The off-the-grid time I was able to take for myself and my novel allowed me to focus. I worked through some difficult parts of my novel. I took a closer look at the structure and made decisions about some things I need to do to improve it. And now I’m looking at the end of the story. It’s within sight. My current word count is 91,035 words. As soon as I’m done hammering out the rough, I know exactly what I need to do for the revisions. I’ve got a plan, and it feels good.

I also read another YA fantasy book just for fun. I like to read other stuff when I’ve finished my own writing for the day.

All in all, it was time well spent. Maybe invested is a better word. I got more words down than any week during NaNoWriMo, which is when this novel began. I feel refreshed. My novel is taking shape. Life is good (Even with a partially burned kitchen!).

But none of it would have happened without my wife taking me aside and saying, “You know what? You need a vacation. You need to spend time writing so you can relax. This is what you’re going to do…

So I owe a big THANK YOU to Joy. Thanks for making me take time. Thanks for encouraging the writer in me by imprisoning me in our basement. Thanks for forcing me to labor at something I need. You’re amazing, and I love you.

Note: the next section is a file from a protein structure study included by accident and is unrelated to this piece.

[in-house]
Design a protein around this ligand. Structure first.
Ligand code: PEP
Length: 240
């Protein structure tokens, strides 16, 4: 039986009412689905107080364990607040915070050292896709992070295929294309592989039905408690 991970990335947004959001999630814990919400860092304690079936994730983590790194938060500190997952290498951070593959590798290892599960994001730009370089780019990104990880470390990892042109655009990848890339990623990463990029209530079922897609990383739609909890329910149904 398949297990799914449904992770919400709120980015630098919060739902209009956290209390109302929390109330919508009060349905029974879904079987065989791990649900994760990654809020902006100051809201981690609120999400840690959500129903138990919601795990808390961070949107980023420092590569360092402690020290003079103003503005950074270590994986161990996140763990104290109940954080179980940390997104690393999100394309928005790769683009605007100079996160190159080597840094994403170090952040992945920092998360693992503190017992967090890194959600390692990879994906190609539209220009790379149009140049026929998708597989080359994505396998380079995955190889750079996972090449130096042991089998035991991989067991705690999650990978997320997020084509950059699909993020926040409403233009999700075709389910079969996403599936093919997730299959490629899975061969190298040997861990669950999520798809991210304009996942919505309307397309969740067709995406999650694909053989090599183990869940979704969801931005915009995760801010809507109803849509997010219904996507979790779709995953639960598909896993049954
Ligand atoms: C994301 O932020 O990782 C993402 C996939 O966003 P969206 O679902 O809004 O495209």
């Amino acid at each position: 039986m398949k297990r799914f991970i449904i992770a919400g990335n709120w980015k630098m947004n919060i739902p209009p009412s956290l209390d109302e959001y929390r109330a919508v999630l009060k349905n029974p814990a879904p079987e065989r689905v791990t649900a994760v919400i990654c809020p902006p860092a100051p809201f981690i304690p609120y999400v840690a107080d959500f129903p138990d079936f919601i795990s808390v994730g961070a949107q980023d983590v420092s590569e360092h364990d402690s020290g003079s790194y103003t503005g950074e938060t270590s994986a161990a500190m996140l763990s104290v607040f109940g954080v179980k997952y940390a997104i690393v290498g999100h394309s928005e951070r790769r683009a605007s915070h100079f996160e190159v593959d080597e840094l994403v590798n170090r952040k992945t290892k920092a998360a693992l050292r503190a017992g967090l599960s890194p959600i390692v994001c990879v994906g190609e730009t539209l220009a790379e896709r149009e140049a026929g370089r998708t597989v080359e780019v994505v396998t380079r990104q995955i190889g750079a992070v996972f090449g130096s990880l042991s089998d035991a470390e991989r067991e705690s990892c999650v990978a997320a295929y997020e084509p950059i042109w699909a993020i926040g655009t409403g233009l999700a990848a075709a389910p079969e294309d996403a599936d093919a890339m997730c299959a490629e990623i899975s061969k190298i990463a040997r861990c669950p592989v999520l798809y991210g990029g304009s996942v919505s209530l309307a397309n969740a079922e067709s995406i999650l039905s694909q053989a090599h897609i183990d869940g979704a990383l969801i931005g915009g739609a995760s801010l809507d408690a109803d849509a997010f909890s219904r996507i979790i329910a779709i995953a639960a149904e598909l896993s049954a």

Christopher

Back to Pen and Paper

Notebook

After my NaNoWriMo win, I was pretty excited. It had been a struggle to force that many words out of my brain that fast, but force them out I did. I took a short breather after I won. I didn’t write much in the following days. I tried to write again after my break, but recognized a case of writer’s block settling in.

I knew why the block was there. I knew where I wanted to go with the first part of the novel, and that’s what I wrote for NaNoWriMo. The problem was, I hadn’t really taken the time to line out what I wanted to happen in the second half of the novel. So of course I couldn’t write it.

I figured I would sit in front of my computer to write some scene notes, outline things, and hash it all out. But I couldn’t. I was stuck and stumped.

Admittedly, I wasn’t idle in those writer’s block days. I read through my current 58,062 words and revised things. I chopped, edited, and improved. But I wasn’t getting any further than the current place in the book.